Coffee and interview with Dumo Mathema
We first met Dumo Mathema working as a barista at several London coffeeshops and then as a roaster of distinction for several companies. His roasting for The Roastery Department has unleashed his highly individual, superb roasting style (and fashion sense) on a wider audience...
LBC: How did you first get into coffee?
Dumo: My introduction to coffee was the mocha. From the first sip… the drink, the process, the product and the flavour intrigued me.
So what is The Roastery Department and how is it connected to Dept of Coffee?
The Roastery Department is the roastery behind all the coffee on offer at Department of Coffee. It’s a sister company to Department of Coffee and Social Affairs.
What was your journey to Roastery Department?
Wow, this goes back to 2007 where I started working for a commodity grade roastery here in London: I was pretty much left to my own devices and decided to see where this could take me. Between reading as much as I could find and asking people a multitude of questions I then began experimenting with blending. From there I started creating blends for the long-standing customers that were willing and brave enough to try my concoctions. After four and a bit years I decided to do a barista training course with Mr Jeremy Challender, a specialty coffee veteran, and 2011 was the beginning of my specialty coffee journey. On this quest to learn as much as I could I proceeded to work for numerous specialty coffee shops/roasteries across London, to whom I am greatly thankful. I learnt a lot and of course learning is very much a life long process.
2014 saw me joining the specialty coffee company Campbell & Syme as head roaster and co/owner. Then in 2015 an opportunity came up to partner with Department of Coffee & Social Affairs to set up a joint venture - The Roastery Department, of which I am head roaster and also co/owner.
When you roast you always seem to be able to extract something a little different from green beans that someone else does. How is this?
Haha……. I honestly don’t know. For me roasting is about finding your identity/philosophy as a roaster and staying true to that.
So what is your roasting philosophy?
The bean already is. We as roasters just have to unlock what’s inside the bean. For me coffee is very much a passion and is not just a platform to learn/explore and enjoy, but also a vehicle that allows you to give back. I love being a part of showcasing the diversity of coffee. Hopefully this comes through in the coffees I roast.
What have been some of your favourite roasts?
Wow, there’s been so many! The Ethiopian natural Rocko Mountain of 2014 when I was with Campbell & Syme. The Turkish delight flavour and purple/red fruit notes were unbelievable.
We remember that one very clearly, the most Turkish Delight we have tasted in a coffee.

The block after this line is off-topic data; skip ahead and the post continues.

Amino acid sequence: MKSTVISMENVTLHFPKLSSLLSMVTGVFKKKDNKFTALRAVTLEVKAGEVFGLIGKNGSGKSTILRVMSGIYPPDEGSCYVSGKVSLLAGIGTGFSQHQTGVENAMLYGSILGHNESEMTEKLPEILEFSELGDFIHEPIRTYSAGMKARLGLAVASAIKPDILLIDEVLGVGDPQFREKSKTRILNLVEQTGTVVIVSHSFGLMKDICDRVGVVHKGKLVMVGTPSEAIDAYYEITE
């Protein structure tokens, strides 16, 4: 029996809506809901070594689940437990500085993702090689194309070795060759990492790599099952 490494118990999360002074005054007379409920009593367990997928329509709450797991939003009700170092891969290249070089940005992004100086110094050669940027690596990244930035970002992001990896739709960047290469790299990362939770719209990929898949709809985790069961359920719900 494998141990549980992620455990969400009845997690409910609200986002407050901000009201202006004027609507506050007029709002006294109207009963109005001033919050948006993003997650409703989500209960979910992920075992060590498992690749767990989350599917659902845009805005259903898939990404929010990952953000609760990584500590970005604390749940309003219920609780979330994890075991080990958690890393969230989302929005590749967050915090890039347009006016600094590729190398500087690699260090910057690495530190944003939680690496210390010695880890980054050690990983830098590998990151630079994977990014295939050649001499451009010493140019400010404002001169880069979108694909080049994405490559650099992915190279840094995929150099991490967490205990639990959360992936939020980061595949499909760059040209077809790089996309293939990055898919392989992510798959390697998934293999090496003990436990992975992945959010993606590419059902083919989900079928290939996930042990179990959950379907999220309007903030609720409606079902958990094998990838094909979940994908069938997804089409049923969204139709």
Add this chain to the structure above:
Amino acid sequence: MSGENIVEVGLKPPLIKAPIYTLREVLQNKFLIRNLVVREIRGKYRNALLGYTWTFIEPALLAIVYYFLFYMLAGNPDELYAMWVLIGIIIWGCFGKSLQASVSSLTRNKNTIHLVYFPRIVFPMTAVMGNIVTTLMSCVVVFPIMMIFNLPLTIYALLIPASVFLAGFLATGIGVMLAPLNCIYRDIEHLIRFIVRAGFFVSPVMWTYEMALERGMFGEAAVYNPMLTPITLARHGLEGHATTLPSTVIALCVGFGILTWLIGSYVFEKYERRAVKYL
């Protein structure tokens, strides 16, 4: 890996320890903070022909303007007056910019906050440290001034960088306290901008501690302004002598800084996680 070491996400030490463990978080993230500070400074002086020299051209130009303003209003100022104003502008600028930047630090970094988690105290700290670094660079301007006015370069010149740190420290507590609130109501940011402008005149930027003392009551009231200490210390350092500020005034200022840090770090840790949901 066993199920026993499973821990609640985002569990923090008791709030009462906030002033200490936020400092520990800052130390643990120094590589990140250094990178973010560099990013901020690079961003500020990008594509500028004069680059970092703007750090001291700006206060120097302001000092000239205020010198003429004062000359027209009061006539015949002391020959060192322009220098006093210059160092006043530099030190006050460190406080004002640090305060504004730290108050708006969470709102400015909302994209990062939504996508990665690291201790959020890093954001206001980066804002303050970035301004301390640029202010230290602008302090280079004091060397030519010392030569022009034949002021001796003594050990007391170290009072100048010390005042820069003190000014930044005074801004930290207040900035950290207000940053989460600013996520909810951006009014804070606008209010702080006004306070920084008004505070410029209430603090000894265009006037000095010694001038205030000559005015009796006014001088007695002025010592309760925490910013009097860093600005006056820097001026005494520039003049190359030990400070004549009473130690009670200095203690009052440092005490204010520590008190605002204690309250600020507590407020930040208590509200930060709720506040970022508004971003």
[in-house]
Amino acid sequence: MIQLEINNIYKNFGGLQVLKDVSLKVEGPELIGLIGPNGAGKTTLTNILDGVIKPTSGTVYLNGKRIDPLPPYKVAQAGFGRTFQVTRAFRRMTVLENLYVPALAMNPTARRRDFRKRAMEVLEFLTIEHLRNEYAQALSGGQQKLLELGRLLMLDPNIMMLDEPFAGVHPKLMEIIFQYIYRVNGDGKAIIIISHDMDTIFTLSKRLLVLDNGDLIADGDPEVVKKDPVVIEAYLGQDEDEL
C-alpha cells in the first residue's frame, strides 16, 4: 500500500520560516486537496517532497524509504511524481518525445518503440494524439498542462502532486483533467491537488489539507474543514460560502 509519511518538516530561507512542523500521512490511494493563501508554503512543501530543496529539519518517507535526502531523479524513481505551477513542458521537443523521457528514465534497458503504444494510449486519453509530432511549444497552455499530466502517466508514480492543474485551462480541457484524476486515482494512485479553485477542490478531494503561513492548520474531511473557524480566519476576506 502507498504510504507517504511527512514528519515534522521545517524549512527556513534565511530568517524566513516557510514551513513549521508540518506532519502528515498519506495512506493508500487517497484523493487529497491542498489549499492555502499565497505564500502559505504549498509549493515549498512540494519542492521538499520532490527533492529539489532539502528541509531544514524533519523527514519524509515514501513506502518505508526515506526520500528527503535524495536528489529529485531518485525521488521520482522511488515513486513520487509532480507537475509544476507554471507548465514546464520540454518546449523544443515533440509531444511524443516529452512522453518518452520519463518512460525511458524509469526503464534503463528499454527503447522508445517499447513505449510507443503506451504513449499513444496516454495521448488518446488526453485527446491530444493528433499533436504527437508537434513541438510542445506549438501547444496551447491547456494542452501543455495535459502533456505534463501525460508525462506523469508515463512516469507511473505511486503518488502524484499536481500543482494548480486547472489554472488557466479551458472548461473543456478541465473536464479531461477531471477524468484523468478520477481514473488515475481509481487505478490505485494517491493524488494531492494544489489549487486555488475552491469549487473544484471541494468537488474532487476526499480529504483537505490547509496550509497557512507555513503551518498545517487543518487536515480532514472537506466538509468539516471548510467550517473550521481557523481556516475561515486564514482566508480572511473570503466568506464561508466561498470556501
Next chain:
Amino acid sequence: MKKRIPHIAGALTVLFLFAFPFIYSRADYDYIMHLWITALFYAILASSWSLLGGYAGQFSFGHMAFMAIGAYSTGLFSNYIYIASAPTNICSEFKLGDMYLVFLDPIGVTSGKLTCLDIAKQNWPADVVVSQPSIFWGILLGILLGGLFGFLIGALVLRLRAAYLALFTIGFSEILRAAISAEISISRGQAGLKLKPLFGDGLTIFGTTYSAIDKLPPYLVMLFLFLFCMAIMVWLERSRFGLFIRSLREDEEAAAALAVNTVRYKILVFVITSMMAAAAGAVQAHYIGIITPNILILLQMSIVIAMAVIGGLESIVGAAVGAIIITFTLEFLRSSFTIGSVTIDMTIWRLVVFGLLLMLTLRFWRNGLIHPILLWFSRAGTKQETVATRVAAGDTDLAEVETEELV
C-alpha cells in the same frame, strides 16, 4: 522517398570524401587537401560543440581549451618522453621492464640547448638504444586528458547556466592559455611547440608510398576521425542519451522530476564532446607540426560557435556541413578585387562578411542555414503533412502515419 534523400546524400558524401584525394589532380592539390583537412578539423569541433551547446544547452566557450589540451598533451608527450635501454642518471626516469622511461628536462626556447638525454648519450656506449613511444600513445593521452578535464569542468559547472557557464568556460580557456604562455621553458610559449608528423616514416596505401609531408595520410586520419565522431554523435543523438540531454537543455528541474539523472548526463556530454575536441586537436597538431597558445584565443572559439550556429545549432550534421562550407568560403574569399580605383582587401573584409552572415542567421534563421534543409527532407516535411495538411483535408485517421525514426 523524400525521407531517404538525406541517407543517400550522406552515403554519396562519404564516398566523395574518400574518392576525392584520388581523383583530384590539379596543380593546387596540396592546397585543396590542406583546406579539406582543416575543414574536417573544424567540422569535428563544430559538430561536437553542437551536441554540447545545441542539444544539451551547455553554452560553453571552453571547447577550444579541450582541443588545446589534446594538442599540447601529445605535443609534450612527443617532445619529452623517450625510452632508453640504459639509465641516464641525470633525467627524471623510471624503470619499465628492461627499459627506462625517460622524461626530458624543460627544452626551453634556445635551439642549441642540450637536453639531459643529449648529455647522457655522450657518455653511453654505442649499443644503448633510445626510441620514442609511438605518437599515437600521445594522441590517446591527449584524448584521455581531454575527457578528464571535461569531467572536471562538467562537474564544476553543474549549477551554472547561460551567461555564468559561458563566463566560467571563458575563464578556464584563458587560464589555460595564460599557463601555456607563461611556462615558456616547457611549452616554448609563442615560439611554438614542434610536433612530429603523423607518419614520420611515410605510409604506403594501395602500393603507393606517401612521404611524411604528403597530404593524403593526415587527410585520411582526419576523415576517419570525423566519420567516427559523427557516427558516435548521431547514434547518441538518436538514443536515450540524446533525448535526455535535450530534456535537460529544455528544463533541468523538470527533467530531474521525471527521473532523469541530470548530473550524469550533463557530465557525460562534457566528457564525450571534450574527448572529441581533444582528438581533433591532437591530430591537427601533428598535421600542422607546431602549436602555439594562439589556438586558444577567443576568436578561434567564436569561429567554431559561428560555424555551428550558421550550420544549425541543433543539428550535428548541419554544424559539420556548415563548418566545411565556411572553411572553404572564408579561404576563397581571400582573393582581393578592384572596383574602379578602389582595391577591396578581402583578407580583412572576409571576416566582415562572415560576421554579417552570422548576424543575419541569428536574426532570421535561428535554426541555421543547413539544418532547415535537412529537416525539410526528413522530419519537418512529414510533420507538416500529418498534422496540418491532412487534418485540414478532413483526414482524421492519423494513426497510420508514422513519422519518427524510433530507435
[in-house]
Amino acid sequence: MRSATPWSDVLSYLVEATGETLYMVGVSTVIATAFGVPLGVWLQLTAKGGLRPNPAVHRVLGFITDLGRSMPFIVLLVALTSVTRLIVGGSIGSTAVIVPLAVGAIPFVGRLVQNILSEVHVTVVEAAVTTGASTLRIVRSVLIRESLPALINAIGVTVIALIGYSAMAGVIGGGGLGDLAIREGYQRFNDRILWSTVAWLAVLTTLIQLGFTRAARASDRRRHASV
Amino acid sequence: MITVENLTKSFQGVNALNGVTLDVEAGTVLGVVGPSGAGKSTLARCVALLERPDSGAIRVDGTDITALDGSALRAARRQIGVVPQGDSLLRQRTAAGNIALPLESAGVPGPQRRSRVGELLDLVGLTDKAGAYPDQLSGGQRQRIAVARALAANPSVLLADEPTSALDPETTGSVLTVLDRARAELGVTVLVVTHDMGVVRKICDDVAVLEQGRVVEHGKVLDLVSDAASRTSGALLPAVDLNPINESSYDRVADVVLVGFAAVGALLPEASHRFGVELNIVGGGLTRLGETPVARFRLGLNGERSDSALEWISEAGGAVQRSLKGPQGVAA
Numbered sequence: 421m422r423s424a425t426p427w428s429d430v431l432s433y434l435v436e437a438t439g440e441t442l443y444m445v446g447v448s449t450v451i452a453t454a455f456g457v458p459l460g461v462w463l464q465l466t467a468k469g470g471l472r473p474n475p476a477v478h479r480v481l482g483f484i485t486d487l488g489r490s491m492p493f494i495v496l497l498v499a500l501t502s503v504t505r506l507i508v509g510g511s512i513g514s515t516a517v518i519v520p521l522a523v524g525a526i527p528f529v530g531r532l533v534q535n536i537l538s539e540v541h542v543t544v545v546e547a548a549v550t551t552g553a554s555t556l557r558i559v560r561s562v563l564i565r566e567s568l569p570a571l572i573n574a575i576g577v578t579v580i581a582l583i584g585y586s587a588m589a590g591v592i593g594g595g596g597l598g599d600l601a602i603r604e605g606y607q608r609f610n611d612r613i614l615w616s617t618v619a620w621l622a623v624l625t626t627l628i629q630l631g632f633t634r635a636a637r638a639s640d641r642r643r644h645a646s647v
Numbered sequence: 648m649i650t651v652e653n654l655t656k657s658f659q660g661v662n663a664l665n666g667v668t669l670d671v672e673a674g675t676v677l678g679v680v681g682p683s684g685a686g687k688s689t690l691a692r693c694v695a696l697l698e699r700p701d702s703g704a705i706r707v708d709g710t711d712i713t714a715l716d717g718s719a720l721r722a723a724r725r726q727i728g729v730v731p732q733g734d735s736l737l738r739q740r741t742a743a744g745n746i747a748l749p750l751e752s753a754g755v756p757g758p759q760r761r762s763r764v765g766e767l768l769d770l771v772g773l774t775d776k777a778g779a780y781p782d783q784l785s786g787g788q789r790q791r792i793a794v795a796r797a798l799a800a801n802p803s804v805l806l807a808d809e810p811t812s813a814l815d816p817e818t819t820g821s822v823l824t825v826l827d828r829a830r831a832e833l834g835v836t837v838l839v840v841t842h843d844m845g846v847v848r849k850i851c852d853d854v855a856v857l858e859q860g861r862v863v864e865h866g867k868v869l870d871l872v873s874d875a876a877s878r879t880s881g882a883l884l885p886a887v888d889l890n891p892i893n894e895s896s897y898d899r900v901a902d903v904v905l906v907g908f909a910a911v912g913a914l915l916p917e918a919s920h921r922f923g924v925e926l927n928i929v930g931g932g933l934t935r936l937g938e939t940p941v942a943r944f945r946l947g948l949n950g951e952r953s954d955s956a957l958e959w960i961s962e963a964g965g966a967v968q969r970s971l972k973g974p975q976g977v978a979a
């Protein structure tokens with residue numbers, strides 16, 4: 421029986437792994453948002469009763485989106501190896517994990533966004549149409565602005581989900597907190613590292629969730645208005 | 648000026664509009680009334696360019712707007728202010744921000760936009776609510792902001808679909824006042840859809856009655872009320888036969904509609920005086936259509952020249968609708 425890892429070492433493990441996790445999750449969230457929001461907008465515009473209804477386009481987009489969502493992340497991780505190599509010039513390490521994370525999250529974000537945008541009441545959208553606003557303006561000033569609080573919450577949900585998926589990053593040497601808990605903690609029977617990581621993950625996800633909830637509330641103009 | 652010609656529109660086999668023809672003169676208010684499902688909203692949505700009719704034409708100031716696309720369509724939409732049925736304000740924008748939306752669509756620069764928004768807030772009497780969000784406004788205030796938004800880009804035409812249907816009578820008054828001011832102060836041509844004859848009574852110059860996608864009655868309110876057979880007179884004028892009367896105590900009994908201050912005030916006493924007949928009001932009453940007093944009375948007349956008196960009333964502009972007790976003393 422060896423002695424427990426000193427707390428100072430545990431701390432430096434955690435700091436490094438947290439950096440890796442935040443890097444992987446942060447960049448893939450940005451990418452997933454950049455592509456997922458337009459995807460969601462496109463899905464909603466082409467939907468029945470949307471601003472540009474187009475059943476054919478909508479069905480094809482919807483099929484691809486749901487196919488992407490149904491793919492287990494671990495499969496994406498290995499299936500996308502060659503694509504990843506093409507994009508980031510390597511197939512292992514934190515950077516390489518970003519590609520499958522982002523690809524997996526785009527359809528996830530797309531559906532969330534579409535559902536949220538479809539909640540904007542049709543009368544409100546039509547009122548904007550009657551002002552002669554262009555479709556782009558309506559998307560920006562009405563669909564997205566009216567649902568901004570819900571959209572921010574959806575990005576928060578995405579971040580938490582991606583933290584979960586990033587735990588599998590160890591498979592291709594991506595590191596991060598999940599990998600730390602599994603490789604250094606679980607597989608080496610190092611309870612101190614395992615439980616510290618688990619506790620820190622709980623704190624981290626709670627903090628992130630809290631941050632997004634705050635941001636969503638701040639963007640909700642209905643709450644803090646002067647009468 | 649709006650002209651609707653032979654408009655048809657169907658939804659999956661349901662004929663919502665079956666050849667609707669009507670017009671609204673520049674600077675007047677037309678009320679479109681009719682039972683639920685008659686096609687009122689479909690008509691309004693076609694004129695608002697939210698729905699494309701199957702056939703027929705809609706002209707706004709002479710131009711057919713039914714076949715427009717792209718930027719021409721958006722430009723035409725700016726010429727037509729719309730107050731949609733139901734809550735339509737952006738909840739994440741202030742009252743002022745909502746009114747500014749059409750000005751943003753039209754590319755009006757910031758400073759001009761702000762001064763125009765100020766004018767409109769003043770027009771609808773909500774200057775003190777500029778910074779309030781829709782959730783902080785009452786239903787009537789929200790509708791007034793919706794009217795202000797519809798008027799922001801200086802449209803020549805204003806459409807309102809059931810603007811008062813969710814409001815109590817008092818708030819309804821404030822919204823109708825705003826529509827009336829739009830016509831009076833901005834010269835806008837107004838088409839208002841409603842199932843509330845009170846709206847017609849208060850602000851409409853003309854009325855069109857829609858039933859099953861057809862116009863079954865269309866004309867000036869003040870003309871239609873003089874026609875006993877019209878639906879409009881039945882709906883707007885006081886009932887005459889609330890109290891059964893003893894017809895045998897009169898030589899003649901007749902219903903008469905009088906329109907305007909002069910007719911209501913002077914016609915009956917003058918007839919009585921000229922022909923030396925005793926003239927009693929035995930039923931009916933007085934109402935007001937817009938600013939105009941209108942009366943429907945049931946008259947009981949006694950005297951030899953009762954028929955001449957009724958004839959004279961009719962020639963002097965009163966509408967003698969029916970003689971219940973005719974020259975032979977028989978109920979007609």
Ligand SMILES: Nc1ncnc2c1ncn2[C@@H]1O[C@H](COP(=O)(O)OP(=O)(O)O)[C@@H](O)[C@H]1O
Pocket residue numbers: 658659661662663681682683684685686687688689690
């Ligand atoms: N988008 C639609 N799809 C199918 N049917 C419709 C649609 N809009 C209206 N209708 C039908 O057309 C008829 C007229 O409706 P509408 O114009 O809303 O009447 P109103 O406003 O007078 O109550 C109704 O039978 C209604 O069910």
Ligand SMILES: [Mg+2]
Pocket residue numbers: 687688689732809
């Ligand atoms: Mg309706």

Currently, it would have to be an experimental microlot from Guatemala. It was the first time this particular farm attempted the natural process, something quite rare for this region. There were only eight bags available and I was fortunate enough to get all eight. For me this is an amazing coffee, lots of stewed stone fruit and berries with delicate hints of pear, mango, pineapple and jackfruit. On the finish you’re left with toffee/ crumble notes and rich Belgian chocolate. This is currently my favourite coffee for filter!
Any plans for direct trade?
Most definitely! I’m a big believer in the “relationship coffee” model. It not only allows you to give back but also allows you, the roaster, to work closely with the coffee traders and farmers to constantly strive for excellence.
Which roasters do you most respect/enjoy drinking?
Joe at Campbell & Syme is always doing amazing things, kindred spirits for sure; the guys over at Attendant too. A good friend gave me a bag of some Kenyan Muthika AA by Crux Coffee Roasters. This is an amazing coffee, I had it through v60. If I’m honest there’s so many roasters out there now doing really good things.
The partnership with Gentlemen Baristas and Master Foxx?
I’ve known the ‘Gent’s a few years now and when Henry had his son we thought it was the perfect opportunity to introduce a new blend. So I put on my creative hat and thus the “Master Foxx” espresso was born.
Master Foxx is always a favourite of ours at the Gentlemen Baristas. WE also got to try Bulleit coffee there, tell us about that!
The concept for this came about one evening, well over a year ago, at the Gentlemen Baristas’ Union Street Coffee shop. The Gent’s, Tim Etherington-Judge (another good friend and global brand ambassador for Bulleit) and myself were quite possibly drinking bourbon. We got talking about how amazing it would be to choose a coffee that had tasting notes that would pair well with the Bourbon. We then thought let’s take it a step further and age the green beans in the barrels and see what happens to flavour. After months of development the results were released at the Coffee Festival. For the espresso I used a honey process El Salvador and for filter I used a washed Colombian.
Any plans coming soon we should know about?
Haha, there’s always plans Phil (chuckle) One will involve a Bourbon barrel that has had Central American rum aged in it for 13 years. And the others… well let’s just say we will be pushing boundaries within specialty coffee.
I remember your musical interests. Are you still drumming?
Sadly not like I used to be, but planning on doing more this year for sure.
Photo by Kevin Oh